The parents of 43 missing students from Ayotzinapa teachers school hold their portraits and torches during a march 18 months after their disappearance in Mexico City on April 26, 2016.
YURI CORTEZ—AFP/Getty Images
By Rishi Iyengar
September 14, 2016

Mexico has expanded its probe into the 2014 disappearance — and suspected killing — of 43 students in the southern city of Iguala, with new developments indicating the possible involvement of national and state-level law enforcement.

A special federal prosecutor handling the investigation said he recently received 100 declarations from 19 federal and 39 state police personnel in the Mexican province of Guerrero, Reuters reports. The prosecutor, Alfredo Higuera, said declarations had been made by “individuals from all forces.”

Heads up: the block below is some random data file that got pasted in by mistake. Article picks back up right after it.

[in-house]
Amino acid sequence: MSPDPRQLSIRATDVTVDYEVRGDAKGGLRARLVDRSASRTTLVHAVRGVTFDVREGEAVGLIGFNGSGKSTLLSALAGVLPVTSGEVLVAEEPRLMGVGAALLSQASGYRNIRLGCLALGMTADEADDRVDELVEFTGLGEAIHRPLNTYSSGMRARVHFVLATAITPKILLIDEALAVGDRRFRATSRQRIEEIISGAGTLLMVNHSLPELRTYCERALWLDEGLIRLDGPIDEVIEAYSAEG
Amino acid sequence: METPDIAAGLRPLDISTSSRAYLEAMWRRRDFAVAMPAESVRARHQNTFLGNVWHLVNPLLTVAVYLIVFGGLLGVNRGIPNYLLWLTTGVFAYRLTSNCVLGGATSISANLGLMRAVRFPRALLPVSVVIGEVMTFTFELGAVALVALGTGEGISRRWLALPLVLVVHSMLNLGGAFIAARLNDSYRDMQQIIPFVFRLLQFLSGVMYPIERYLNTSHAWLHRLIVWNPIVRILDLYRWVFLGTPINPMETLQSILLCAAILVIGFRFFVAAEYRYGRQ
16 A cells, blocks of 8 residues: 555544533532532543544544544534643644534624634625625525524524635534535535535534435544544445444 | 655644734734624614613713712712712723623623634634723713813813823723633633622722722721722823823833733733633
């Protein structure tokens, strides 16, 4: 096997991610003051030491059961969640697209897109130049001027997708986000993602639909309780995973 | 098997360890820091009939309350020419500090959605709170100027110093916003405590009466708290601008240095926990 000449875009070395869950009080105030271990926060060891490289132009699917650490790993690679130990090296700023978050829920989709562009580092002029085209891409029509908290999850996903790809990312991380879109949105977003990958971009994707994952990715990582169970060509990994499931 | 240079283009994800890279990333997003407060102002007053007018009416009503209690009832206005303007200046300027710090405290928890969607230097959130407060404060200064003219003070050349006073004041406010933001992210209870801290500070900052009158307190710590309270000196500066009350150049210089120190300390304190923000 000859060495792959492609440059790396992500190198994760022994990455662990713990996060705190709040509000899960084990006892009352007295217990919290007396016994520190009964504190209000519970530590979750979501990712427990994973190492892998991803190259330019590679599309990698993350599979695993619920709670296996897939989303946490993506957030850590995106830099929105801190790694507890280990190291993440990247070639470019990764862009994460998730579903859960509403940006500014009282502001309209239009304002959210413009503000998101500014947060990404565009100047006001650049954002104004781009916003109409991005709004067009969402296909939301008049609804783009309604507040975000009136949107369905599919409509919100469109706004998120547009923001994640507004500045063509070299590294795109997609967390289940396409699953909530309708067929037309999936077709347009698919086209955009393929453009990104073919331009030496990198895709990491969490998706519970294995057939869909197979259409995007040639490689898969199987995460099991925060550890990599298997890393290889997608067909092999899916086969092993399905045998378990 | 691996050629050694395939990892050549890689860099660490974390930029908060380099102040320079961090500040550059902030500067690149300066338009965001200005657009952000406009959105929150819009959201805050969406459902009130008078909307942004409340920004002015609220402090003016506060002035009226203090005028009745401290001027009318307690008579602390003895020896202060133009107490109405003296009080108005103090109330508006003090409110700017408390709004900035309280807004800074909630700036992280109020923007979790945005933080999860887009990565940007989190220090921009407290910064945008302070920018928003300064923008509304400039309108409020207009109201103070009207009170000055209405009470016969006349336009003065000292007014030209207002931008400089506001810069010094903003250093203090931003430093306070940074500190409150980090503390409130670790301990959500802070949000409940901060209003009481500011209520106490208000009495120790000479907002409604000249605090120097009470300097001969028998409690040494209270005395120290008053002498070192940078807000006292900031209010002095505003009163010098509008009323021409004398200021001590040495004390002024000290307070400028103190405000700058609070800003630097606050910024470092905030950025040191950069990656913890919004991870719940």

The Iguala students, all of them teachers-in-training, are believed to have been abducted by corrupt local police from the buses they were traveling to Mexico City in. According to a heavily-contested government report, they were then handed over to a prominent drug cartel, which subsequently killed them. However, a witness to the abduction had said earlier this year that at least two federal police officers were present, and Higuera said an analysis of hundreds of official phone conversations has revealed additional information.

“This is an investigation that goes beyond any situation, both because of the number of victims and the number of people who took part in it,” he added.

The fate of only one of the students — whose charred remains were found in garbage — has been definitively ascertained.

[Reuters]

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